A WET SUMMER COMES TO AN END: NOW THE REAL WORK BEGINS
As I am writing this article, the outdoor seasons league programme officially finished last night on September 5 and the indoor season in my club starts on the 11th, less than a week later (writes David Corkill).
The last match of the year started in bright sunshine with the temperature gauge showing 22c and most players playing in shorts. The first match we played in April, the temperature was 7c and the rain was lashing down. It was so cold even holding a bowl was difficult and the green speed was about eight seconds in between the puddles of water!
If there was ever a season that shouts loudly we need a change to the bowling programme, this was it. Outdoor bowls should start at least four weeks later and the indoor season in October. What on earth is the point of going to play indoor bowls in September which is, for a lot of people, one of the best months for both greens and weather? Of course, floodlights will be needed for evening matches but, in our league, most clubs have them. Or just use Saturdays and Sundays.
In the background, however, while we play through the rain soaked and very occasional sun damaged greens we have the people who have to prepare and contend with the grass we play on. Yes, there are some artificial surfaces but very few and even they have their own specific problems.
The there is one man, Lee, our greenkeeper, who I have sympathised with all year. With the very wet and early start to the season the green I play on, we have two at Belmont BC, were so wet to the point that any damage done early season would have little time to recover and sadly with the overuse, our front green saw some severe damage.
We are very confident that many months of work Lee puts in will provide one of the best surfaces in the country, but this year it took a lot of damage throughout the season. His work wasn’t totally ruined in just a few weeks but how it will recover will be a major challenge. All greenkeepers need a certain mentality to stay calm when they see how their well-prepared surfaces are cut up with divots and ‘skinning’ every week.
Hopefully, the pictures show the damage done but no one could repair it during the summer season. In fact, it will be a tough job to fix it for next season.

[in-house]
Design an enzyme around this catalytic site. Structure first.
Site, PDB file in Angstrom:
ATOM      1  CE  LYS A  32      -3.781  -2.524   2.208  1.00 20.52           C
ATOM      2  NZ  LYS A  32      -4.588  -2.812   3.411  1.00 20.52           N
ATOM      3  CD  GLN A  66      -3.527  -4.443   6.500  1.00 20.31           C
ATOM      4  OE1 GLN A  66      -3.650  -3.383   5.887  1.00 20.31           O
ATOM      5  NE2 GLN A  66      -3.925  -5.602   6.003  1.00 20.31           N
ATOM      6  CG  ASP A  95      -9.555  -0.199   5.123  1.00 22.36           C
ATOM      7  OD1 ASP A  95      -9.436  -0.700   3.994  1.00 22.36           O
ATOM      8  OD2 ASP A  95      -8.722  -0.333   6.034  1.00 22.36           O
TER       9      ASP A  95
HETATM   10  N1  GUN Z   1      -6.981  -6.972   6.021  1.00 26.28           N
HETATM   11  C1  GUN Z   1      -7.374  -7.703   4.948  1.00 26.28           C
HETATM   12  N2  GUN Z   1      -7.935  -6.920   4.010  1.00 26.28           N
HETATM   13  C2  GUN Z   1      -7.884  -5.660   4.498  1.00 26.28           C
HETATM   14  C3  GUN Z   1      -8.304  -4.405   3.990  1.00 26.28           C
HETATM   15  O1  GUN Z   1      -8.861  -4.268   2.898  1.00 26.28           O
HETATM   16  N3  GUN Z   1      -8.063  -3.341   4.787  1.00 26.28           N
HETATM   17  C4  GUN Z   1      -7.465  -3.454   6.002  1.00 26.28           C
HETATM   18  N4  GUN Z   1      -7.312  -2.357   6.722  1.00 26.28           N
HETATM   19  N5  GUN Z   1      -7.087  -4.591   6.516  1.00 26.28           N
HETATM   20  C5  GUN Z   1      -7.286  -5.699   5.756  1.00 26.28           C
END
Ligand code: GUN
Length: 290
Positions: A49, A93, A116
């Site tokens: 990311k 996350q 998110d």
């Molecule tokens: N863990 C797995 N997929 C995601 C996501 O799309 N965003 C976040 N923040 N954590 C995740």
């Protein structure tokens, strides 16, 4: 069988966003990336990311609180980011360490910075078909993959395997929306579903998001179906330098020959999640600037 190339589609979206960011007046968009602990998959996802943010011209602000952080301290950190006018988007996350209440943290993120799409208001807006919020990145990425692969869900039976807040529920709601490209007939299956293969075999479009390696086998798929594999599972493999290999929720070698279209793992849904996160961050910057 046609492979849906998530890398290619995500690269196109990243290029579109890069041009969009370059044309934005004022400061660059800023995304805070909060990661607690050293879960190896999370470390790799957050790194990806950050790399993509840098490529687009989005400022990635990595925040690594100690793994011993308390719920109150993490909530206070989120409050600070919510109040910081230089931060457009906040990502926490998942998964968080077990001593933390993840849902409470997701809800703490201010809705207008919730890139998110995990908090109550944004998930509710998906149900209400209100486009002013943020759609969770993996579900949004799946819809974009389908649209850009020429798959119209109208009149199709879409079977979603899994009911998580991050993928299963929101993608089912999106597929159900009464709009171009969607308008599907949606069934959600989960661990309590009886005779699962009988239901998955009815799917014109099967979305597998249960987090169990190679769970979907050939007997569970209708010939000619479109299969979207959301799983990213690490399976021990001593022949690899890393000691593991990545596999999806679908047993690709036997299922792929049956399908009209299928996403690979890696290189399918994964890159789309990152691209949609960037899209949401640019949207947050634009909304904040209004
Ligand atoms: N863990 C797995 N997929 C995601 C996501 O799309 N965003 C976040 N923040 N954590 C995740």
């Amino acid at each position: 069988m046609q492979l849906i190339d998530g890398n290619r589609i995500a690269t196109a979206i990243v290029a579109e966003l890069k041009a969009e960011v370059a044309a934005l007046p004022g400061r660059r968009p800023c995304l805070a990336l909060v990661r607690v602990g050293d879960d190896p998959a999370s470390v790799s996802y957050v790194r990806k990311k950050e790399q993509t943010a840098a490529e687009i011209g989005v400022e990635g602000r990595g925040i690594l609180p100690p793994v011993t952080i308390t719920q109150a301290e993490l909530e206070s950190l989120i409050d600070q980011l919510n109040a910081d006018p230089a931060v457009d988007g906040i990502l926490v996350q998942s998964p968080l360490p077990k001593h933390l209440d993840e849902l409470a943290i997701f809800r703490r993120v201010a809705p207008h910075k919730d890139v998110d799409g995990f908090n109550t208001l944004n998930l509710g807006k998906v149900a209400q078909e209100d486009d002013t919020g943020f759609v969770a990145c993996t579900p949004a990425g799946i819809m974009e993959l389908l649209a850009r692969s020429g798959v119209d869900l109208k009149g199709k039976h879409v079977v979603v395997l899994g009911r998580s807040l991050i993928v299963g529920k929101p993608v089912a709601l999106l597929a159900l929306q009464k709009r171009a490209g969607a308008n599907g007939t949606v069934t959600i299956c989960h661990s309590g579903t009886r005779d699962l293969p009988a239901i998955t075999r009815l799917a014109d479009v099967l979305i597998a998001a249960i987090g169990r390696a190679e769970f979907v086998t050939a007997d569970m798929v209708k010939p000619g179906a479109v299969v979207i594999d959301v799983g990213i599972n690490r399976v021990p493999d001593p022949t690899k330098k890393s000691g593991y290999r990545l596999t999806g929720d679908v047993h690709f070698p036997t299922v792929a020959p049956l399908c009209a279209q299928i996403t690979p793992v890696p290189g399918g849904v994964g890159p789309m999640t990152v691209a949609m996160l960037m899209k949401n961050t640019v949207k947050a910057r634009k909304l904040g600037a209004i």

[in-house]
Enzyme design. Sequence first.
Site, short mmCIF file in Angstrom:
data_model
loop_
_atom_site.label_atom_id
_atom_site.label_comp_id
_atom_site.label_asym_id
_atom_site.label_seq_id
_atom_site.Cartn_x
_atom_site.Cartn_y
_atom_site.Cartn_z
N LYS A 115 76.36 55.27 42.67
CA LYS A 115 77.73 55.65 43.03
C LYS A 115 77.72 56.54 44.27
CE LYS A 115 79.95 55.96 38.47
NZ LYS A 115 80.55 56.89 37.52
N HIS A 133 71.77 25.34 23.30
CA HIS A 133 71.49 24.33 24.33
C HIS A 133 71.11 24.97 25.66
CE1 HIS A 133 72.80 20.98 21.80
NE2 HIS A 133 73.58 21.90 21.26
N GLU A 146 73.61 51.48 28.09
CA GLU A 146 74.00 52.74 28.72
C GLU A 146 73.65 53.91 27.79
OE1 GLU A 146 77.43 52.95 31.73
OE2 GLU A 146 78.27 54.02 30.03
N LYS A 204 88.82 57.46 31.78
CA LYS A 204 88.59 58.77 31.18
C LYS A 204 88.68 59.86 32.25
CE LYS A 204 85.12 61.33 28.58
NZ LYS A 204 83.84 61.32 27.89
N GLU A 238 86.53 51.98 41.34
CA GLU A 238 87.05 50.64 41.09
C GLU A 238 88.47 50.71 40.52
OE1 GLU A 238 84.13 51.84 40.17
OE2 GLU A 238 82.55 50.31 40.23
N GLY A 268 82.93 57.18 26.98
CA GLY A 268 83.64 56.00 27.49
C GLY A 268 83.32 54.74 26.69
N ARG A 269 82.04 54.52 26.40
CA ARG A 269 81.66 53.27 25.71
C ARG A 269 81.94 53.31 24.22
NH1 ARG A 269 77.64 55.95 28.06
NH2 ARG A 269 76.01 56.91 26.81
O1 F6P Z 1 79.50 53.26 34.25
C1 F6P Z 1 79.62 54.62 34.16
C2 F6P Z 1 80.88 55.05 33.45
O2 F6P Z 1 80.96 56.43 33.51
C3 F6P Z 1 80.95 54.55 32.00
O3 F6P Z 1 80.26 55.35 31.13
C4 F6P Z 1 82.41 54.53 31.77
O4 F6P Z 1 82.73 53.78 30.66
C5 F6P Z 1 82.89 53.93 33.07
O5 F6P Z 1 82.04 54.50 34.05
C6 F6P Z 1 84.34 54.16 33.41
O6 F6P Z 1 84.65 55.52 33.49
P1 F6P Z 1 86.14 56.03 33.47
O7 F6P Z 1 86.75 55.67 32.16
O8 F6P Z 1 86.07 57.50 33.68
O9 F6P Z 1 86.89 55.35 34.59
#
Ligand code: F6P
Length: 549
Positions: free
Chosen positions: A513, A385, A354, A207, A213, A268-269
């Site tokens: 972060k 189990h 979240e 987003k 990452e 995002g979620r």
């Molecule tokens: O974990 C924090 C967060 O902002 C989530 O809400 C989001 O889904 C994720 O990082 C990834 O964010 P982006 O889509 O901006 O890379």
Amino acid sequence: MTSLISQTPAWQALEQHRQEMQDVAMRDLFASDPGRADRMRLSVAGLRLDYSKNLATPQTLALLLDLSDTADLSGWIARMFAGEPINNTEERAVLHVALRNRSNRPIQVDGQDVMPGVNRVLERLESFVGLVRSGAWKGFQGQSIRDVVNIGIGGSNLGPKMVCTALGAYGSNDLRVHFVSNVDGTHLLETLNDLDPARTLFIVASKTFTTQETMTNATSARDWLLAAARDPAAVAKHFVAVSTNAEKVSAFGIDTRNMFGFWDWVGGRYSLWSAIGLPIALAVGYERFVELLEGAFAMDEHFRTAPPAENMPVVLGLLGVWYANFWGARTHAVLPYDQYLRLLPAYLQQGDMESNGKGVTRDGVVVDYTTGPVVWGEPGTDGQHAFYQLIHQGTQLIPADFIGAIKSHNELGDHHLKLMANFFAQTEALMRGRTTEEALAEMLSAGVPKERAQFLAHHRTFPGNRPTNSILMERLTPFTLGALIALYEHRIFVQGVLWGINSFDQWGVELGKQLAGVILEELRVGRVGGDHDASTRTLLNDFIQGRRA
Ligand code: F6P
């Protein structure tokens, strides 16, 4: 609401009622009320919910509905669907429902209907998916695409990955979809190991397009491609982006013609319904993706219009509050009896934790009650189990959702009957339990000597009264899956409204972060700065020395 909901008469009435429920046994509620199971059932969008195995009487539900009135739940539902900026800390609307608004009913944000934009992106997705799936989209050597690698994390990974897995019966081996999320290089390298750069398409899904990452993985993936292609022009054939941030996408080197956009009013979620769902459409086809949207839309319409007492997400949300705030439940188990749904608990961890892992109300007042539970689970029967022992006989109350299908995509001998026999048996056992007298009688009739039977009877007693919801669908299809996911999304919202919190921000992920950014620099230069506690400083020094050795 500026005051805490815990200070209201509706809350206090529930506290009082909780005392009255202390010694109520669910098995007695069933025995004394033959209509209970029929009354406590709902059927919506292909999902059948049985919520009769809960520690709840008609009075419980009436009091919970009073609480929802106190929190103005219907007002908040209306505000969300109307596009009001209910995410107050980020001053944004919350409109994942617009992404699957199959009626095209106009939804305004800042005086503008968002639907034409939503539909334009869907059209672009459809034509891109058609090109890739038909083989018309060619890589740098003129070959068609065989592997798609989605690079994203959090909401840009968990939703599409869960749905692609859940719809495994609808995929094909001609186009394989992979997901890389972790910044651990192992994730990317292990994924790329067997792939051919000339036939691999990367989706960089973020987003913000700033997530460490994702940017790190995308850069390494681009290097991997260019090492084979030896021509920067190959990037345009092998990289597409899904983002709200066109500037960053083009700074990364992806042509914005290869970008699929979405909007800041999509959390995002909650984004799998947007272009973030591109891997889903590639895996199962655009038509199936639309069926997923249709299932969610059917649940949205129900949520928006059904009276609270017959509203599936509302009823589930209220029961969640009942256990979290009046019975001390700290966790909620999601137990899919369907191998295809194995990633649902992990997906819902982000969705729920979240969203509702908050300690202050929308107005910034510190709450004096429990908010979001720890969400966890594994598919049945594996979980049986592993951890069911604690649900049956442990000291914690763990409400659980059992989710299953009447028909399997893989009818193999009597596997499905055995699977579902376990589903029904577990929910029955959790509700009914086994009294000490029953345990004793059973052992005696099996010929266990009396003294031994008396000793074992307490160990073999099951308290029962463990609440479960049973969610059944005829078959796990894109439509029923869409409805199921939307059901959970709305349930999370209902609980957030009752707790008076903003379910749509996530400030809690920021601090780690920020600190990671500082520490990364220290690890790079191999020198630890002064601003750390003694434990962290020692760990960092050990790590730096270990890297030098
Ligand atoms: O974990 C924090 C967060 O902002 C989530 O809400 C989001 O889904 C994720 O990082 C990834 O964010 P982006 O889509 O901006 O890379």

Interestingly, our other green has survived relatively unscathed because it doesn’t get anywhere near the amount of play so I am sure there will be some discussion about spreading out the usage over a season.
Playing around many different clubs I noticed how they also suffered not just due to overuse, I think we get more than most, but due to the soft top surface. This may be because in Northern Ireland we get a fair amount of rain but I’m sure other parts of the UK have had the same problem.
Evidence has shown that some bowlers have a lack of care when delivering their bowls. I have played against players this year that have been dropping their bowls from knee high and taken lumps out of the green. This was made worse because of the wet conditions we experienced this year as the greens appeared to be susceptible to ‘skinning’ if a bowl was not delivered perfectly.
I know that we all try to be as careful as we can and even a small bump is often unavoidable but if a player is digging into the surface, damage will be done. One player in particular started on the trial ends and continued throughout the match to cause divots so noticeable I’m glad that club’s greenkeeper was not in attendance. I think words would have been had.
Often there are reasons for bumping a bowl on delivery. I’m not talking about a few inches here, that is generally fine and many top class exponents of our sport do that. What I am highlighting is the bowlers, who for some reason, whether that be health, age or just a lack of hand to eye coordination that drive their bowl into the green from close to knee high.
I believe that much can be done to help if that is a problem. The players themselves will know it’s an issue and hopefully help is at hand via coaches or any experienced player who is prepared to help.
There is no cure or solution but I believe it is something that can be solved at least to a point that any player will enjoy their game little bit more. There is a strange satisfaction seeing someone that you have worked with and helped with their delivery get better and better over time as they practice something to enhance their game. Health can often be a barrier to a smooth delivery as I have mentioned but hopefully those that are struggling can find advice when it’s needed most. The results can be remarkable at times.
Getting back to my initial point maybe we can justify a slightly later start time to the outdoor season. It may just help everyone concerned and the green keepers in particular but it will require administrative cooperation and even maybe a few sub committees. And we in bowls all love those!
This time though, I believe it will be worth any extra work.
Caption: The front green at Belmont where the damage was severe
Please note: Views expressed by David Corkill do not necessarily represent those of the team at Bowls International.
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